Do Energy Conservation and Exploration Go Hand in Hand?
The editorial "Energy: Conservation, Not Drilling," Feb. 25, eloquently calls for additional conservation measures when Congress addresses the national energy policy, but it completely misses the point of exploring for new domestic sources of oil and gas. The issue is not subject to an "either-or" decision. New sources of oil aren't needed so we can burn more; they are needed to maintain us while we search for alternatives. Every major oil field in the US is in decline. Conservation can slow our use of fossil fuels, but it cannot eliminate it. Because oil is a nonrenewable commodity with a universally high value, our needs will inevitably conflict with those of other nations. While energy use in the US is declining, third-world use is growing rapidly.
A rational energy policy has to protect our interests in the long term. We need adequate domestic oil supplies to provide stability while we develop and implement alternatives. Conservation is indeed needed, but it can't solve our problem by itself.
US Sen. Frank H. Murkowski Alaska
President Bush's National Energy Plan has been unjustly criticized on many fronts. But the administration's broad-based approach is a positive and important step toward independence from foreign sources of energy, without hurting consumers or the economy. One of the most important conservation efforts in the plan is an executive order which would mandate energy efficiency in federal buildings nationwide. From the White House to local post offices, all 500,000 federal facilities would be required to reduce their consumption of energy. It is estimated the executive order would save taxpayers as much as $1 billion each year.
If it were easy to implement an energy policy, we would have had one a long time ago. With the order mandating conservation at the federal level, President Bush has the chance to show our nation's leadership in energy efficiency to the rest of the world. We can only benefit from diminished pollution, a reduced national debt, and a public that is aware of the advantages of energy conservation.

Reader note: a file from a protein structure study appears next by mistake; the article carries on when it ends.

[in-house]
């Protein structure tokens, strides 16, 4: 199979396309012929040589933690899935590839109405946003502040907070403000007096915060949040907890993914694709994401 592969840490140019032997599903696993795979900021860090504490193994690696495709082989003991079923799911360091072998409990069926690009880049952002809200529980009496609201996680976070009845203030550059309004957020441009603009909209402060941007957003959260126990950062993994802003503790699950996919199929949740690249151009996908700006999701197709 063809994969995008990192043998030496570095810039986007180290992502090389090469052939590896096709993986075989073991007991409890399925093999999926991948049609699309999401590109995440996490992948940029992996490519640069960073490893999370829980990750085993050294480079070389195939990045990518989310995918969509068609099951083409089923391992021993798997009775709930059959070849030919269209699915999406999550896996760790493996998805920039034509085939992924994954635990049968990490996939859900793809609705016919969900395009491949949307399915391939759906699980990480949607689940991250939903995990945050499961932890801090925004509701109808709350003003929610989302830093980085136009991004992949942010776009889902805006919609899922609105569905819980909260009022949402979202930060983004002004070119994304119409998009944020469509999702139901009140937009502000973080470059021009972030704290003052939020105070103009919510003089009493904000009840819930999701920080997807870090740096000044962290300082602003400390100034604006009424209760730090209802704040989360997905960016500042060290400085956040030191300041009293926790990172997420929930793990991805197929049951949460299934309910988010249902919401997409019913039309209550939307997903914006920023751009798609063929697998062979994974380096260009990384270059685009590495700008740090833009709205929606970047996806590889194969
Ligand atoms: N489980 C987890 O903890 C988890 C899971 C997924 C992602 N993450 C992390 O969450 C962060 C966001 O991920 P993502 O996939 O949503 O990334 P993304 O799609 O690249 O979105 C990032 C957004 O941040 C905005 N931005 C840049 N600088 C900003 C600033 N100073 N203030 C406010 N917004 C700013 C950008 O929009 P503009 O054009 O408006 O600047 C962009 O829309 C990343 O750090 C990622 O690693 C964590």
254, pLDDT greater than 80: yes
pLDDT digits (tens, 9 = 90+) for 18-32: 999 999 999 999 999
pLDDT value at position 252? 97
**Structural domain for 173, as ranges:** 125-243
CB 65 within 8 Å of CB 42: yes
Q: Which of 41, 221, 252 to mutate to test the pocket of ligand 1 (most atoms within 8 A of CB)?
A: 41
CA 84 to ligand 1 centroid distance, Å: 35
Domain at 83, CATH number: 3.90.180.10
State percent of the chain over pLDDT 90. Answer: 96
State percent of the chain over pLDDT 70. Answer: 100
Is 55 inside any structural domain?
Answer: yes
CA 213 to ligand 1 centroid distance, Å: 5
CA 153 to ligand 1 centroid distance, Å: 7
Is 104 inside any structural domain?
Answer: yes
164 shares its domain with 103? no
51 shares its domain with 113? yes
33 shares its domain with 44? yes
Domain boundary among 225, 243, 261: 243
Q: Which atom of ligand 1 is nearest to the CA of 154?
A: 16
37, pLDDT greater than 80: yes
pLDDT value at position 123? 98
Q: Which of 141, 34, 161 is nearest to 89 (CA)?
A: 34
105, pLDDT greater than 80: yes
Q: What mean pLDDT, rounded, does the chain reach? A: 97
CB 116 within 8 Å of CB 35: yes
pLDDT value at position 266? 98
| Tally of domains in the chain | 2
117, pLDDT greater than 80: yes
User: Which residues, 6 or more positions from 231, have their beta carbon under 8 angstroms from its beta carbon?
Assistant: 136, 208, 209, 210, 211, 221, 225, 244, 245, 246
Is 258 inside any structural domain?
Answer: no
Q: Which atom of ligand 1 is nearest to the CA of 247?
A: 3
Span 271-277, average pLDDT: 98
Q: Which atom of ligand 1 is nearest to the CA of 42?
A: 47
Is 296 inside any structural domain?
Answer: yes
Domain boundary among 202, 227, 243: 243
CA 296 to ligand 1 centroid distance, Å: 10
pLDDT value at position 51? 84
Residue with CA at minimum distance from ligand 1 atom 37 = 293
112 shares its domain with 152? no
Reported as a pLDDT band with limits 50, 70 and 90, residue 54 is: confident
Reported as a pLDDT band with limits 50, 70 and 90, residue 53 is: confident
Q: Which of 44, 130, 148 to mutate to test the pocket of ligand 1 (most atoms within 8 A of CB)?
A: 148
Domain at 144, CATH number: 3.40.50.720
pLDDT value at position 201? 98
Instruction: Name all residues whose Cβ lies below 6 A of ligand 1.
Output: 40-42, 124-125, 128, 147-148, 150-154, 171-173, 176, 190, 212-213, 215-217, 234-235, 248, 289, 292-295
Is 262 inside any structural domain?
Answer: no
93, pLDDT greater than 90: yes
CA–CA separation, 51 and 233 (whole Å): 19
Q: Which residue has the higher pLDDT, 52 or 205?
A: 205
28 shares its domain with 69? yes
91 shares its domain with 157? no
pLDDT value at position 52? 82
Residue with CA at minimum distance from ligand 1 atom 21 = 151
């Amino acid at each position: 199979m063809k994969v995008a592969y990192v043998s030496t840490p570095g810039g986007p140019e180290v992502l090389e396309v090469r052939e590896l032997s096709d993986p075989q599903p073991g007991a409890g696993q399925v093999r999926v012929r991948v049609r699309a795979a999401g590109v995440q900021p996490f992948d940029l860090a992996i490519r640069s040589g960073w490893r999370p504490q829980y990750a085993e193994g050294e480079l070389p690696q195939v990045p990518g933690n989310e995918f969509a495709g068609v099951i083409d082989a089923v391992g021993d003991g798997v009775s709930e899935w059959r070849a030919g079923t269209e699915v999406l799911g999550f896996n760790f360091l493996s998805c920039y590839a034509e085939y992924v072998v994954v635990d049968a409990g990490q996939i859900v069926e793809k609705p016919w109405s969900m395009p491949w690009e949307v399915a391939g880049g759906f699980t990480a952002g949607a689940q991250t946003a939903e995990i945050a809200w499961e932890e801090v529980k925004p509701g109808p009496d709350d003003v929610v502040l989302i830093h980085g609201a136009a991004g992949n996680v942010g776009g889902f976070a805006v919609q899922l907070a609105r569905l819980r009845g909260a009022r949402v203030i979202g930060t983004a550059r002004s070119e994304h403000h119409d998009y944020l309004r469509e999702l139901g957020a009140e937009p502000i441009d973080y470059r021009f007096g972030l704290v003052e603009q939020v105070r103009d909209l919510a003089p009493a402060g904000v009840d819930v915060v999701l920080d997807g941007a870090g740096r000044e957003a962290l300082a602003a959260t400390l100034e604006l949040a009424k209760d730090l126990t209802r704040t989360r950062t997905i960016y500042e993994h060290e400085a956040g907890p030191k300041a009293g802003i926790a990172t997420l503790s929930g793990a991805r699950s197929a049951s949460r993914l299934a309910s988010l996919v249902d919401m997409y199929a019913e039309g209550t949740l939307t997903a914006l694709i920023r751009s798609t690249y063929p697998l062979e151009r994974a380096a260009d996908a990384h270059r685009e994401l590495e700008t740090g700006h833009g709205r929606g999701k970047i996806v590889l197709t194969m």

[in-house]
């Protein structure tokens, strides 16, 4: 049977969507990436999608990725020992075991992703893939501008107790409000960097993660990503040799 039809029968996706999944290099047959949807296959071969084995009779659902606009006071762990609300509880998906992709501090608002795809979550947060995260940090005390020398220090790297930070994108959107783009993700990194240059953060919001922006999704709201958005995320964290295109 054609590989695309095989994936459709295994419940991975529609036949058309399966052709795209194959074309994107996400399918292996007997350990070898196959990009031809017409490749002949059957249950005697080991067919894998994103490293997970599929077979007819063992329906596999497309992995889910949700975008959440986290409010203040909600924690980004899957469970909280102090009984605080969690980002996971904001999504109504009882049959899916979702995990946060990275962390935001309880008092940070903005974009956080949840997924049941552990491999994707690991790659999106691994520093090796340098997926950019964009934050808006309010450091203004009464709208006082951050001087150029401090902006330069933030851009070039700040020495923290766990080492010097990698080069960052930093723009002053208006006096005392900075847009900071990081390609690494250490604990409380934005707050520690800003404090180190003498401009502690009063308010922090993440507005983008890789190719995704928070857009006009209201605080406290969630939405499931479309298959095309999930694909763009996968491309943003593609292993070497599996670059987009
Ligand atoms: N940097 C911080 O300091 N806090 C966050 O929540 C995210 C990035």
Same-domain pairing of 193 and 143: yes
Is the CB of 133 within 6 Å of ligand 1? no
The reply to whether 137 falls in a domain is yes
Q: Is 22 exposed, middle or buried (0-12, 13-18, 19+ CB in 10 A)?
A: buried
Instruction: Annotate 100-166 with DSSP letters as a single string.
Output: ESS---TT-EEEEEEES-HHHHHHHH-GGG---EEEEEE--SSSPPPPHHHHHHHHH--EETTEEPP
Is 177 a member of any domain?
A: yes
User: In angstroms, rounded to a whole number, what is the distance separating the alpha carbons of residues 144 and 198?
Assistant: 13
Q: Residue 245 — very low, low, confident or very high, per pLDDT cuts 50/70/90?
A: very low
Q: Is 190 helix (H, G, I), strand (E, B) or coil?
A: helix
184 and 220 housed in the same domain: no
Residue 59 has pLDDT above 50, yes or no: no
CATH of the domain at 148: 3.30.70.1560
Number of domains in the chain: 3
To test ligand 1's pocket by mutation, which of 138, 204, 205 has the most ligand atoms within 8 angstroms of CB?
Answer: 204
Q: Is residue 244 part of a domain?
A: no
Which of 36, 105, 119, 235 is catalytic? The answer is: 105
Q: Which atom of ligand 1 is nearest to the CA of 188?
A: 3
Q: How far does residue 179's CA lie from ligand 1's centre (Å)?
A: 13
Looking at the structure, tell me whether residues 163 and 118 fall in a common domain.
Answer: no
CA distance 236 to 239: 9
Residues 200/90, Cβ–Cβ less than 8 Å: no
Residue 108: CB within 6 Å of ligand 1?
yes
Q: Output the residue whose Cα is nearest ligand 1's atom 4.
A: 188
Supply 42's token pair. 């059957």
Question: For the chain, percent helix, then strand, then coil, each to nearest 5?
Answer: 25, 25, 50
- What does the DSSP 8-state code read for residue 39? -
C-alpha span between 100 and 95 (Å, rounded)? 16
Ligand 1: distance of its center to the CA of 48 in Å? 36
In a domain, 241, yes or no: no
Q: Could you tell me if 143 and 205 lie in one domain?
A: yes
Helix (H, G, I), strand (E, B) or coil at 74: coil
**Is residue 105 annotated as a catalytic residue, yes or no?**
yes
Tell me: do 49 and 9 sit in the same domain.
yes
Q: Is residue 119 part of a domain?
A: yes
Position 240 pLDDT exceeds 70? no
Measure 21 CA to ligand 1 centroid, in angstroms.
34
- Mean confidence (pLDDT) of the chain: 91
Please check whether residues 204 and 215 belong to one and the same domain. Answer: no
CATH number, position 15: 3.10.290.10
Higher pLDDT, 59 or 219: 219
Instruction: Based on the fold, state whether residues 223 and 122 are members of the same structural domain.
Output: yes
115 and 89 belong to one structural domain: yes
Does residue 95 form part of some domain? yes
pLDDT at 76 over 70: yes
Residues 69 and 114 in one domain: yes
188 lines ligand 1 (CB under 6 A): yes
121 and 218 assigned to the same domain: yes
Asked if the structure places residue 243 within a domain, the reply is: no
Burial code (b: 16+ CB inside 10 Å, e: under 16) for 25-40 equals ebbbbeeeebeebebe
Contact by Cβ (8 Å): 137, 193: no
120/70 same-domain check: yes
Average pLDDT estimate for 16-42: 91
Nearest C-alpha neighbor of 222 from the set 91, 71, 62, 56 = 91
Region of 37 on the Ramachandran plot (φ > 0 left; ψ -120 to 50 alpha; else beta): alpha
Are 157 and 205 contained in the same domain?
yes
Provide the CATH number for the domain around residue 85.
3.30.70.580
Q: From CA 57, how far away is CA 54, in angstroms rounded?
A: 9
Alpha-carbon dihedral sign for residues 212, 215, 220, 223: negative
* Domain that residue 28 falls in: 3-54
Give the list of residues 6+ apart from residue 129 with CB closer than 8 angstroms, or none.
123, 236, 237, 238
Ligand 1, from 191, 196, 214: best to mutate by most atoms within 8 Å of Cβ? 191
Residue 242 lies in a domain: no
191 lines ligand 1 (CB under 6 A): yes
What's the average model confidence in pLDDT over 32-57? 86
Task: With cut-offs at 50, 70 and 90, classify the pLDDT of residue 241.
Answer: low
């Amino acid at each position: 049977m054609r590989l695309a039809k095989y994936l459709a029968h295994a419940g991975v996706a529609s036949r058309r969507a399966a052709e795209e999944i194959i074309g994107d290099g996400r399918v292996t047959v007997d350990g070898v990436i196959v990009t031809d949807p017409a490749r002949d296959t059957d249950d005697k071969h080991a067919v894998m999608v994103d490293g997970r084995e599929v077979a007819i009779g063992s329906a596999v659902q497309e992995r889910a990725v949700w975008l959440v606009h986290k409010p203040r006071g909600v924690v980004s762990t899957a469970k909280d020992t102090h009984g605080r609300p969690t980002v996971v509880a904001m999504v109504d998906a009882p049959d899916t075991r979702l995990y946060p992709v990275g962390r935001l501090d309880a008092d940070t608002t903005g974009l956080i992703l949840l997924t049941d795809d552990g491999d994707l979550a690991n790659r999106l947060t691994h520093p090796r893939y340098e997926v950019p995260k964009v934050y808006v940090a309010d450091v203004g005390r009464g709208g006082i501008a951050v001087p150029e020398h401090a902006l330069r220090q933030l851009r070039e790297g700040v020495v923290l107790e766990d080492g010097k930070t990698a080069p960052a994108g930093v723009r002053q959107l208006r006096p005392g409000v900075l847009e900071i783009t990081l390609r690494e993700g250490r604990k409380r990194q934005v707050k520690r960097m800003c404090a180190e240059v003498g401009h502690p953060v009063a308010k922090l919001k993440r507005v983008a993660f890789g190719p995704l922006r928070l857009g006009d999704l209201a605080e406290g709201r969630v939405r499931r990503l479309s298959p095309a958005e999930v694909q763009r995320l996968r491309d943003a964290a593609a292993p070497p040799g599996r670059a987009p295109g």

Douglas A. Decker Milwaukee
A distorted image of war Somewhere up in the attic, in a dusty old trunk filled with survival gear and battered boots and a helmet with squadron markings, is a leather Navy flight jacket covered with patches from my tour in Vietnam. I thought about it when I saw the ad in the March 15 Monitor for "The Official Military Issue Genuine Leather A-2 Flying Jacket."
I know such things are much in fashion now, especially since the world is so fascinated with war in the Persian Gulf. Then I read that day's religious article about prayer and spiritual values and where the real battleground lies, and I began to feel more and more uncomfortable with that advertisement.
It seems specifically intended to arouse a fascination with combat, offering a not-so-subtle opportunity (for the sale price of $199) to join "an elite breed of fighting men" by dressing up like "America's World War II flying heroes" who launched "daring" raids against Tokyo. No mention of the death and destruction that resulted.
I am very grateful for the corrective and much more substantial idea that followed a few pages later on the Home Forum. And also for the Monitor's advertisement offering shortwave radios at cost to troops in the Gulf. But this vet keeps his leather jacket more as a reminder of the horrors of war than as a symbol of anything like glory.
Brad Knickerbocker Ashland, Ore.